Corporate Surveillance: When Employers Collect Data on Their Workers - An anonymous reader quotes CNBC: The emergence of sensor and other technologies that let businesses track, listen to and even watch employees while on company time is raising concern about corporate levels of surveillance... Earlier this year, Amazon received a patent for an ultrasonic bracelet that can detect a warehouse worker's location and monitor their interaction with inventory bins by using ultrasonic sound pulses. The system can track when and where workers put in or remove items from the bins. An Amazon spokesperson said the company has "no plans to introduce this technology" but that, if implemented in the future, could free up associates' hands, which now hold scanners to check and fulfill orders. Walmart last year patented a system that lets the retail giant listen in on workers and customers. The system can track employee "performance metrics" and ensure that employees are performing their jobs efficiently and correctly by listening for sounds such as rustling of bags or beeps of scanners at the checkout line and can determine the number of items placed in bags and number of bags. Sensors can also capture sounds from guests talking while in line and determine whether employees are greeting guests. Walmart spokesman Kory Lundberg said the company doesn't have any immediate plans to implement the system. Logistics company UPS has been using sensors in their delivery trucks to track usage to make sure drivers are wearing seat belts and maintenance is up to date. Companies are also starting to analyze digital data, such as emails and calendar info, in the hopes of squeezing more productivity out of their workers. Microsoft's Workplace Analytics lets employers monitor data such as time spent on email, meeting time or time spent working after hours. Several enterprises, including Freddie Mac and CBRE, have tested the system. A senior staff attorney for the EFF argues that new consumer privacy laws may not apply to employees. The article also cites a recent survey by Accenture in which 62% of executives "said their companies are using new technologies to collect data on people -- from the quality of work to safety and well-being" -- even though "fewer than a third said they feel confident they are using the data responsibly." Yet the leader of Accenture's talent and organization practice argues that workforce data "could boost revenue by 6.4%. This has encouraged workers to be open to responsible use of data, but they want to know that they will get benefits and return on their time." Read more of this story at Slashdot.

America Reports Its First Cases of A Fungus Resistant To All Major Drugs - An anonymous reader quotes the New York Times: About 90 percent of C. auris strains are resistant to at least one drug, and 30 percent are resistant to two or more of the three major classes of antifungal drugs. However, on Tuesday, the C.D.C. confirmed that it has learned in the last month of the first known cases in the United States of so-called "pan-resistant" C. auris -- a strain resistant to all major antifungals, said Dr. Tom Chiller, head of the agency's fungal division, in an interview. Such cases have been seen in several countries, including India and South Africa, but the two new cases, from New York State, have not been reported previously. Dr. Chiller said that it appeared that, in each case, the germ evolved during treatment and became pan-resistant, confirming a fear that the infection will continue to develop more effective defenses. "It's happening and it's going to happen," Dr. Chiller said. "That's why we need to remain vigilant and rapidly identify and control these infections." It often has been hard to gather details about the path of C. auris because hospitals and nursing homes have been unwilling to publicly disclose outbreaks or discuss cases, creating a culture of secrecy around the infection. States have kept confidential the locations of hospitals where outbreaks have occurred, citing patient confidentiality and a risk of unnecessarily scaring the public. In an interview with CBS News, the reporter stressed that while this was a serious issue, especially in hospitals, it's not yet a threat to the general public: "The people who are susceptible are people with weakened immune systems, the infirm, older folks in hospitals," Matt Richtel said. "So let me put the finest possible point on this: the general public walking down the street [is] not going to be felled by this. You're not gonna get it walking to Walmart. You're not going to get it in your house." Read more of this story at Slashdot.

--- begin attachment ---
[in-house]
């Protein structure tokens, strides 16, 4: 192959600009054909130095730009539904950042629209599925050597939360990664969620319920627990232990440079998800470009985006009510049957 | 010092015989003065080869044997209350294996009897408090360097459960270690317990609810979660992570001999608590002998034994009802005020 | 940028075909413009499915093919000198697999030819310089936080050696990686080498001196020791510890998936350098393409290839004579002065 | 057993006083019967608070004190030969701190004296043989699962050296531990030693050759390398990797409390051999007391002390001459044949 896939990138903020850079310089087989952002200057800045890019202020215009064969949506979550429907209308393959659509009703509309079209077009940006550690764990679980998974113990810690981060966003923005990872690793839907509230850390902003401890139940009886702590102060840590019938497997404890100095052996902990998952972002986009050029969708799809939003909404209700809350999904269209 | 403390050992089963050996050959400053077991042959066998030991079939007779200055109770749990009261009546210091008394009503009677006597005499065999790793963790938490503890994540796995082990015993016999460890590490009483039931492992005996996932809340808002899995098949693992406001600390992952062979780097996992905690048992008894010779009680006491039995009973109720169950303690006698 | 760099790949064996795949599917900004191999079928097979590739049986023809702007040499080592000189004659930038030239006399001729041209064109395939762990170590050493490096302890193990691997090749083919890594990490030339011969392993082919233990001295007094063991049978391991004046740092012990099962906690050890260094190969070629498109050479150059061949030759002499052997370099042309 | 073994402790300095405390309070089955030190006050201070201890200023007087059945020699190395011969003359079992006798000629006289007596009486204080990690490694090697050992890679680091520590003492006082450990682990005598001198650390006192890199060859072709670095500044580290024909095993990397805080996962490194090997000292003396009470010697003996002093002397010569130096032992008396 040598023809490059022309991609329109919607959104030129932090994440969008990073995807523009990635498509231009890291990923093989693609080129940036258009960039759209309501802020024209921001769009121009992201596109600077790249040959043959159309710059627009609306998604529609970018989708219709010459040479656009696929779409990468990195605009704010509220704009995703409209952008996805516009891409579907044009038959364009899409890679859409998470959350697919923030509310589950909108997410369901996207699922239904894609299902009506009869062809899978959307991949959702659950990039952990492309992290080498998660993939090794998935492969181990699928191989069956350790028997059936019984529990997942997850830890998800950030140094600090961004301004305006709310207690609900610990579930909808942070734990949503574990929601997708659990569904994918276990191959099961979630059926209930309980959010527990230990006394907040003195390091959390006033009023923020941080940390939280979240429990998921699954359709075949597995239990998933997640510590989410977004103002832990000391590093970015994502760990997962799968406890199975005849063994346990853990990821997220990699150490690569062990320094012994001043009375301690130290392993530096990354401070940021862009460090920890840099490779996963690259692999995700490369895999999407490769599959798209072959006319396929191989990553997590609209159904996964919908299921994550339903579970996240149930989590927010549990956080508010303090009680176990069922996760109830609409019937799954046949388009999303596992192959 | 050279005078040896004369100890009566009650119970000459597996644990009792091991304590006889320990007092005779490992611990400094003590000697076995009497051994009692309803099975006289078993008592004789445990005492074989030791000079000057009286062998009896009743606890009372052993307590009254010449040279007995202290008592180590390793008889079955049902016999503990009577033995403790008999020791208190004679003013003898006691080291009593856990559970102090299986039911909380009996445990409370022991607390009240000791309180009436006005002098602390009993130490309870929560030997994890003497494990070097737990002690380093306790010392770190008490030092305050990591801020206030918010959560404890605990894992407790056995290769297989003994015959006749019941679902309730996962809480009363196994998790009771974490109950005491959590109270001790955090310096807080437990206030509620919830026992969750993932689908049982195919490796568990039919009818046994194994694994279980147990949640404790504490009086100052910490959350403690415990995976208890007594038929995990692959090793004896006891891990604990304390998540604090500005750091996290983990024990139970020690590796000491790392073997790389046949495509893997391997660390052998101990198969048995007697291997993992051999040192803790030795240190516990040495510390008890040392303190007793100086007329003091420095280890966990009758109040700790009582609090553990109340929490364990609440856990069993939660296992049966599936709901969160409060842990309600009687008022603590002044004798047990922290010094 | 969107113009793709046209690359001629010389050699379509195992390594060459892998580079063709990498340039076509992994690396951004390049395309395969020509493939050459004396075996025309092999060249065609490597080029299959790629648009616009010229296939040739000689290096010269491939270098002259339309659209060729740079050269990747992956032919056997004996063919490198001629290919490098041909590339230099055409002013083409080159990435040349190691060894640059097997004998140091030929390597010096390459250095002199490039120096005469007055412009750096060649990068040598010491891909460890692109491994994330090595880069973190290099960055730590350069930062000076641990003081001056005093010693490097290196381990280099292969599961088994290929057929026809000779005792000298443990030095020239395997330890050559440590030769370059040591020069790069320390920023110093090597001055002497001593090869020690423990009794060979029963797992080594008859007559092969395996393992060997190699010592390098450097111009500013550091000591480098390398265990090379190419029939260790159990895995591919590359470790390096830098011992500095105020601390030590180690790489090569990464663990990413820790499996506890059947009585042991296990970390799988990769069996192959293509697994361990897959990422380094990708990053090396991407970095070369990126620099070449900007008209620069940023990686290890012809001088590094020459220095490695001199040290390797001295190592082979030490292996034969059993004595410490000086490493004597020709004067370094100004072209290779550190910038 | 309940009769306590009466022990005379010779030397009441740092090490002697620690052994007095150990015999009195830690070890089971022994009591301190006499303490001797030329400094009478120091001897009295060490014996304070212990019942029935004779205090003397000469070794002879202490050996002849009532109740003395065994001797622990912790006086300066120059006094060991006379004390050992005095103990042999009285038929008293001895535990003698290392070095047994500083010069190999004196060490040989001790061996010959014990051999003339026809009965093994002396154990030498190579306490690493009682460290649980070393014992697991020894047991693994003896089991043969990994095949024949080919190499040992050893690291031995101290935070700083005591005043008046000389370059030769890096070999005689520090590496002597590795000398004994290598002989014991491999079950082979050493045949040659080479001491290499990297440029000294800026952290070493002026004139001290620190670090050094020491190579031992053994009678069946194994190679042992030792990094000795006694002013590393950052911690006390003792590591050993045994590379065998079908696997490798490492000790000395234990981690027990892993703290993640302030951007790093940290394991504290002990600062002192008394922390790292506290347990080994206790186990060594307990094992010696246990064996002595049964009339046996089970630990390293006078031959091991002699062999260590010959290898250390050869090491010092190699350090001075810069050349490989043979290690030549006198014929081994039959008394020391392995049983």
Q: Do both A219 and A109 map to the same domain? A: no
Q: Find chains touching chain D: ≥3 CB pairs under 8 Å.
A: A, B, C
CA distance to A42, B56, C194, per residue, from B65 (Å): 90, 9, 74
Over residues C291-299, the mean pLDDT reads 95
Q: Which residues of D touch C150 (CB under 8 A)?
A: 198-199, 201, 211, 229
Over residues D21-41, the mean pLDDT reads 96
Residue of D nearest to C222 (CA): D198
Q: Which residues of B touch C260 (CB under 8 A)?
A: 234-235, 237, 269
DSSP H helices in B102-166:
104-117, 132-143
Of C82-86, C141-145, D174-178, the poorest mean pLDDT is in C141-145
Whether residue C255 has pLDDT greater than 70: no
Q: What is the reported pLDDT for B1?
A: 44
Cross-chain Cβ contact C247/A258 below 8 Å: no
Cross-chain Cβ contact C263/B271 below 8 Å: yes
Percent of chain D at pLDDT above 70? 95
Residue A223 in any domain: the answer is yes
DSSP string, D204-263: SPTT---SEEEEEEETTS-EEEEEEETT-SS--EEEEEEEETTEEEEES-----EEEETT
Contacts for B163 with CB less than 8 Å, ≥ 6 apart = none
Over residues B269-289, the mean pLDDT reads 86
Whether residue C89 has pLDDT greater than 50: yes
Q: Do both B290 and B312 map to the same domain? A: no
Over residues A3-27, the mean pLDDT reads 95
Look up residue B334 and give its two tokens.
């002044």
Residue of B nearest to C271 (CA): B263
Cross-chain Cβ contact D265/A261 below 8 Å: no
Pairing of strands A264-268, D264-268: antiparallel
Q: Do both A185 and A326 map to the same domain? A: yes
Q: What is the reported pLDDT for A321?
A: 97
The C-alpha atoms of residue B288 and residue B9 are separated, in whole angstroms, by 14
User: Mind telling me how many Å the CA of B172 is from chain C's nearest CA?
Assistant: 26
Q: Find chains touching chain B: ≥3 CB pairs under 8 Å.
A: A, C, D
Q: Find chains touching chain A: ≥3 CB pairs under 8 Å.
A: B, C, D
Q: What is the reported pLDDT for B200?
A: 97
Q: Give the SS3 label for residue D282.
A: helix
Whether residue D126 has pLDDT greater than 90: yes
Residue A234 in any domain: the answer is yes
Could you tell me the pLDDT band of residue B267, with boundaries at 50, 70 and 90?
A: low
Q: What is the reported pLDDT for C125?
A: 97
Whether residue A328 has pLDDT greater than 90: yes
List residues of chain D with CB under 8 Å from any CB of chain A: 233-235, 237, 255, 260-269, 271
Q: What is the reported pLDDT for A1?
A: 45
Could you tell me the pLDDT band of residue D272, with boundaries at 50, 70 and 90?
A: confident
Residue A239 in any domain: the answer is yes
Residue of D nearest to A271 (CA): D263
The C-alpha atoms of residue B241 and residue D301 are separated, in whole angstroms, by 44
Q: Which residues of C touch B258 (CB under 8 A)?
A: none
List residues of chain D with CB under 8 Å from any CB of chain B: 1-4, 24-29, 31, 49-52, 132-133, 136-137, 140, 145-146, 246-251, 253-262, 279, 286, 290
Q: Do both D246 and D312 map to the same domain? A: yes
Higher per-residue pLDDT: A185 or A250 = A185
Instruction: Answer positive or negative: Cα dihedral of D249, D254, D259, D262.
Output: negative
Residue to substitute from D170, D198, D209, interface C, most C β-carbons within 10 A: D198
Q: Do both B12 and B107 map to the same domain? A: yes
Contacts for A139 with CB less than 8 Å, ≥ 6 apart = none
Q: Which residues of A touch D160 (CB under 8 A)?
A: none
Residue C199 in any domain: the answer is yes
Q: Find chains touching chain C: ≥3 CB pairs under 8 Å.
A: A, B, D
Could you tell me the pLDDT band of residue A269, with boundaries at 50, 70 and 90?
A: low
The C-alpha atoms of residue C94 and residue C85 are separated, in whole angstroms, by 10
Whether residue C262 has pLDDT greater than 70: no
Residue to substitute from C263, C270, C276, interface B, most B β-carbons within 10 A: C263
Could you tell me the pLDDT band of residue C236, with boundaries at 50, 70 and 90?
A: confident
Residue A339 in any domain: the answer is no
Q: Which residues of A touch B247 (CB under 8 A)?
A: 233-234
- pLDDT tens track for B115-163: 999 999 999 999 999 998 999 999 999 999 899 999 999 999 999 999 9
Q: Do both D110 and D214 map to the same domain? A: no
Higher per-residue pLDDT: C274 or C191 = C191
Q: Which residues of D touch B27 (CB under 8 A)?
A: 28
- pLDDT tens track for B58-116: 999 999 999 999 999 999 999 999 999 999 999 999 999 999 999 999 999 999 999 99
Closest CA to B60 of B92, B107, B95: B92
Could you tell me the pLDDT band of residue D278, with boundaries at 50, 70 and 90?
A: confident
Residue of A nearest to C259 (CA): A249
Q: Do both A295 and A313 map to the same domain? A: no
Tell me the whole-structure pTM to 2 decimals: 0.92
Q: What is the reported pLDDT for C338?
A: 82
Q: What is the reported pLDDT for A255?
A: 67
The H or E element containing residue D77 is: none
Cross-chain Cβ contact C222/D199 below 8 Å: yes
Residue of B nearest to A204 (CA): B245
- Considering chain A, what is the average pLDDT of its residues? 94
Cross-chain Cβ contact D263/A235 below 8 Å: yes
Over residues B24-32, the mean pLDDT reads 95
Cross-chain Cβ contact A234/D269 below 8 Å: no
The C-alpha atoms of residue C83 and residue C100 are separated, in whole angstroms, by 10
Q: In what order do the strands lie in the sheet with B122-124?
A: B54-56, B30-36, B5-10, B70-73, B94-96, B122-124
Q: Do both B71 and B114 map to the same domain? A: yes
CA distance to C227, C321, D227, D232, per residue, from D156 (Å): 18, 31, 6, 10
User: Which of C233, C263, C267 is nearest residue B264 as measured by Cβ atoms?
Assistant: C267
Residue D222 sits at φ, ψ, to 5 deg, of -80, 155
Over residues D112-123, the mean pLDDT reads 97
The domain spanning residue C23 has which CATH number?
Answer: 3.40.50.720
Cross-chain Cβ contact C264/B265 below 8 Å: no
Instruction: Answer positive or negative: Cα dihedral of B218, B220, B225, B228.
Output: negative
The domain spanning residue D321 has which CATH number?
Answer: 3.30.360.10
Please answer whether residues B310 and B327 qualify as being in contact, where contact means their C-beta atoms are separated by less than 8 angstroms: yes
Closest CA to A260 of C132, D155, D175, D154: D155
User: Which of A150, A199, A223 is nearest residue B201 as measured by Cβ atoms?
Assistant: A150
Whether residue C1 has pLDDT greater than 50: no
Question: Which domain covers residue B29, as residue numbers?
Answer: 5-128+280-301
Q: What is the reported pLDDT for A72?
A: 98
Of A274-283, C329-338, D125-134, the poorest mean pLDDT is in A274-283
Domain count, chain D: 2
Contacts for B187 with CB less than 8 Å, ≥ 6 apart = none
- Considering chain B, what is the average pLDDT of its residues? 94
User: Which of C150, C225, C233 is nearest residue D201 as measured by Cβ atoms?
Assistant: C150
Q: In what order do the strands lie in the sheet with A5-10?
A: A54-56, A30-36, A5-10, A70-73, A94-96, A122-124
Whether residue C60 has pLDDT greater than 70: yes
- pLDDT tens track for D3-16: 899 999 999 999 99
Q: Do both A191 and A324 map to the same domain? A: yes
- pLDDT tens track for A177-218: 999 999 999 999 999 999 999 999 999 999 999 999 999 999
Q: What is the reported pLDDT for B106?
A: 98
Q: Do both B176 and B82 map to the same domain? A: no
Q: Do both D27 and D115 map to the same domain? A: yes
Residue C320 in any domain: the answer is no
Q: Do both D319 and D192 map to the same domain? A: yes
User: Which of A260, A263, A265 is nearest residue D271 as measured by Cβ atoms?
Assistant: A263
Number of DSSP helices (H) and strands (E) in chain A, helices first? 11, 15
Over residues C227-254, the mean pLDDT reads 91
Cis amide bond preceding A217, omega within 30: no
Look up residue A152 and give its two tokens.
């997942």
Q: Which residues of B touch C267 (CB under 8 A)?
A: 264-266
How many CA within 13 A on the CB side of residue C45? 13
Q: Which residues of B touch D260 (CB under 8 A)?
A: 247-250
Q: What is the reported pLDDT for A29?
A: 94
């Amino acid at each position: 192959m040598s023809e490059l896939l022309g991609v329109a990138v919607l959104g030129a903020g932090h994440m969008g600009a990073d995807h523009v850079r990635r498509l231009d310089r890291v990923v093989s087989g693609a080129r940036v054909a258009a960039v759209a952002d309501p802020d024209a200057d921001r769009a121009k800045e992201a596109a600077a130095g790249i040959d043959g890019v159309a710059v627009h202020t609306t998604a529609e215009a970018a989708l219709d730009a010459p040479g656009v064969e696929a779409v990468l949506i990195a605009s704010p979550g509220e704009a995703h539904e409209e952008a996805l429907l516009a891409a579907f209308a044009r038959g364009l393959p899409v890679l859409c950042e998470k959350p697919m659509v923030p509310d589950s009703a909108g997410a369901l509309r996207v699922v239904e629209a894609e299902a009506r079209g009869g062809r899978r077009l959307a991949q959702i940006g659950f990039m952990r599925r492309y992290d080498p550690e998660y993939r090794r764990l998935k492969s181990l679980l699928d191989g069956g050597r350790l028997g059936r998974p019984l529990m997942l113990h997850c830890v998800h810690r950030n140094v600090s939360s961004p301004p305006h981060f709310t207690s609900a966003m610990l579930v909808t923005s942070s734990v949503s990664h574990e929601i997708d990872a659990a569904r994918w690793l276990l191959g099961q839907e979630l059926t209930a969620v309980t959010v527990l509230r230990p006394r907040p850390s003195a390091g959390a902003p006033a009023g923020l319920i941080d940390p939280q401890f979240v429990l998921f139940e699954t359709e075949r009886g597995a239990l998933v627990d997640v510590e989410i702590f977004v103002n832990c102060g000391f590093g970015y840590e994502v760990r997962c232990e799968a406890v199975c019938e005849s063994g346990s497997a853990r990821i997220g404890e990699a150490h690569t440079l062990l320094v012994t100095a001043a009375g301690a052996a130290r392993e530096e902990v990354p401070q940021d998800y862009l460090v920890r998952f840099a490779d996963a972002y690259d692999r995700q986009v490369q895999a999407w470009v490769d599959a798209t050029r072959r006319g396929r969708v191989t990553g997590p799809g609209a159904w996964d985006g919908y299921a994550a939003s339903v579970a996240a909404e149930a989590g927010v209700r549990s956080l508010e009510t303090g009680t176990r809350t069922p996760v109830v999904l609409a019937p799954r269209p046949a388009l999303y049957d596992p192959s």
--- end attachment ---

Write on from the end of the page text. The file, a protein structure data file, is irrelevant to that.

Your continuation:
New Device Treats Childhood ADHD With Electric Pulses To Their Foreheads While They Sleep - An anonymous reader quotes CNN: The first medical device to treat childhood attention deficit hyperactivity disorder, or ADHD, was OK'd Friday by the U.S. Food and Drug Administration. Designated for children ages 7 to 12 who are not currently on medication for the disorder, the device delivers a low-level electrical pulse to the parts of the brain responsible for ADHD symptoms.... The pocket-sized device is connected by wire to a small adhesive patch placed on the child's forehead above the eyebrows. Designed to be used at home while sleeping, it delivers a "tingling" electrical stimulation to branches of the cranial nerve that delivers sensations from the face to the brain. A clinical trial of 62 children showed that the Monarch external Trigeminal Nerve Stimulation System increases activity in the regions of the brain that regulate attention, emotion and behavior, all key components of ADHD. Compared to a placebo, children using the device had statistically significant improvement in their ADHD symptoms, the FDA said, although it could take up to four weeks to see improvement. Authors of the clinical trial called for additional research to examine if the response to treatment will last over time, and its potential impact on brain development with prolonged use.... The device was previously approved for the treatment of epilepsy and depression in Europe and Canada. Studies at UCLA found the stimulation decreased seizure activity by inhibiting overactive neurons in one section of the brain, while stimulating blood flow in the areas that control mood, attention and executive function. CNN reports that the manufacturer's web site says the device costs around $1,000 -- and is not covered by insurance. The FDA added that common side effects could include headache, teeth clenching, and trouble sleeping (as well as fatigue and sleepiness). Read more of this story at Slashdot.